Elderly king, baddie in black, slavic serfs, handsome poet, lonely princess and a quest throughout the land for The Most Incredible Thing: it’s certainly the stuff of fairy tale, but where do the Pet Shop Boys come in?

Inspired by Hans Christian Andersen’s short story, Neil Tennant and Chris Lowe showcase a modern Tchaikovsky-style story ballet radically choreographed by Javier du Frutos and led by ex Royal Ballet principal Ivan Putrov. The result, a punchy, whimsical mixture of modern dance, ballet, animation, film, vocals, sly political humour, the X Factor, Mae West’s face, and a Stalinist baddie is best described as a 'dance event'.

The signature synth thump can get tiresome. Sometimes the score contradicts narrative as when a flowing lyrical waltz accompanies sexual molestation. But the lovers' lush ‘80s disco pas de deux has people humming it out into the interval. Whilst Aaron Sillis is a winsome, handsome hero you feel that the touchingly feisty yet innocent Princess might be better off with Putrov’s Stalin-styled Karl, planning his military coup, at once subtle and brutal, lithe and exciting. In a project Putrov has helped create he is a villain we love to hate.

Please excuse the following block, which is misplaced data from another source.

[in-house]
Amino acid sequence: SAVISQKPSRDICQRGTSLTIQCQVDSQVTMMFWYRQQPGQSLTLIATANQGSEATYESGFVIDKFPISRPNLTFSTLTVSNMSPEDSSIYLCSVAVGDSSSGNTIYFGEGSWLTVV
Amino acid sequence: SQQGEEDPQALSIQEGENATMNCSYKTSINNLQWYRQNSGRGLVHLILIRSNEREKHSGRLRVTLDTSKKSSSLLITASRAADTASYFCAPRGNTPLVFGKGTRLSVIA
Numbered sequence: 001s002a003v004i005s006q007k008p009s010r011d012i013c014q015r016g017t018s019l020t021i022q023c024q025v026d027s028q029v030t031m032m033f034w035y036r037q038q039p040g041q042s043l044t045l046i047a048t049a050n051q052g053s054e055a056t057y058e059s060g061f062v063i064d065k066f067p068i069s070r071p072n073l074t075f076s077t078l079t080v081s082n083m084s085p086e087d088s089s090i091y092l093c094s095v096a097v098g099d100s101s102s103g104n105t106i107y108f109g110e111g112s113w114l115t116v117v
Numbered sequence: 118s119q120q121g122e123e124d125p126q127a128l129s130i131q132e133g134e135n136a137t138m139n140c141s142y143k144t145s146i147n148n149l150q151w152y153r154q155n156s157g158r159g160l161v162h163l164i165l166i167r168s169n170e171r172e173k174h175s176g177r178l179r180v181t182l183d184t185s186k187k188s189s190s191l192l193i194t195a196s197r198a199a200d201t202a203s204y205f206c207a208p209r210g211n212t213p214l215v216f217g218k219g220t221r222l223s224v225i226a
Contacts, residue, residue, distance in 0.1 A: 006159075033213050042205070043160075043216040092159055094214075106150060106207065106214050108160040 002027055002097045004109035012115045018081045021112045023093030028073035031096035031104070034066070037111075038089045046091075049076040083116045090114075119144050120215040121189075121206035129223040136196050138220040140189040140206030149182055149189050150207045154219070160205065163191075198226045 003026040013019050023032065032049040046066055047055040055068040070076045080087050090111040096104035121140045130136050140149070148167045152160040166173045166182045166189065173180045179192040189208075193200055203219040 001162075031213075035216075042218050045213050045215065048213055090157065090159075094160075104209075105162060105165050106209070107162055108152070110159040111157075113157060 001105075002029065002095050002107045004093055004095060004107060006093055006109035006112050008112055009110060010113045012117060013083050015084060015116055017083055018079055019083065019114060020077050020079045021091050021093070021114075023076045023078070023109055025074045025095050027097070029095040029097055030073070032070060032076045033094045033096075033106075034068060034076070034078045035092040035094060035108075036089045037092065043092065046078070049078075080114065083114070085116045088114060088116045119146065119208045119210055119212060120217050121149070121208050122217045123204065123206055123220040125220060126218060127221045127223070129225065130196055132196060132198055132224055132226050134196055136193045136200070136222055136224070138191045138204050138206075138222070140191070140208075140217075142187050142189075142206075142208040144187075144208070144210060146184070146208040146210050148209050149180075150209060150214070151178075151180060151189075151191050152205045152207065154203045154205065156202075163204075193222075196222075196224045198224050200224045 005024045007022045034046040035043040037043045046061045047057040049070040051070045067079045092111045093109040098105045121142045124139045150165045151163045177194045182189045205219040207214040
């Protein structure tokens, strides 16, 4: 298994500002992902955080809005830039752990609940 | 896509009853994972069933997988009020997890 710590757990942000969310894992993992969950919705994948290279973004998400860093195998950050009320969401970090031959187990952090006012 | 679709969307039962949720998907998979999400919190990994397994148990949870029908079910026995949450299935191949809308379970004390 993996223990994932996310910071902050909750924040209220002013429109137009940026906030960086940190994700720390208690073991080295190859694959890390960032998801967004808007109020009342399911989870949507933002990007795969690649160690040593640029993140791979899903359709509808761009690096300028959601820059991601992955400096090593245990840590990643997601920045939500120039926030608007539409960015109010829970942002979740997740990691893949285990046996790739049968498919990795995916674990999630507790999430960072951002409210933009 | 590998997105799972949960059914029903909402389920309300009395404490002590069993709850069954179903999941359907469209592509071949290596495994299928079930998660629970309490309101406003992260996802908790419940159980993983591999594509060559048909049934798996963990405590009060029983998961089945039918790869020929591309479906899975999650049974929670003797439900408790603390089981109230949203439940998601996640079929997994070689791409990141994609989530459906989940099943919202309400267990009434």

While the story is gripping The Most Incredible Thing itself lacks magic. Being, in fact, a clock that magically reveals figures enacting everything from Adam and Eve to the Five Senses, the stage realisation of this miraculous thing goes from naff to bewildering to threatening. Intriguing whilst not exactly life affirming.

It’s a happy ending of course but, are we looking at the triumph of love over hate, creativity over destruction, freedom over oppression? What truly is The Most Incredible Thing? Don’t ask, just go, experience and argue afterwards. Everybody else is.

- Triona Adams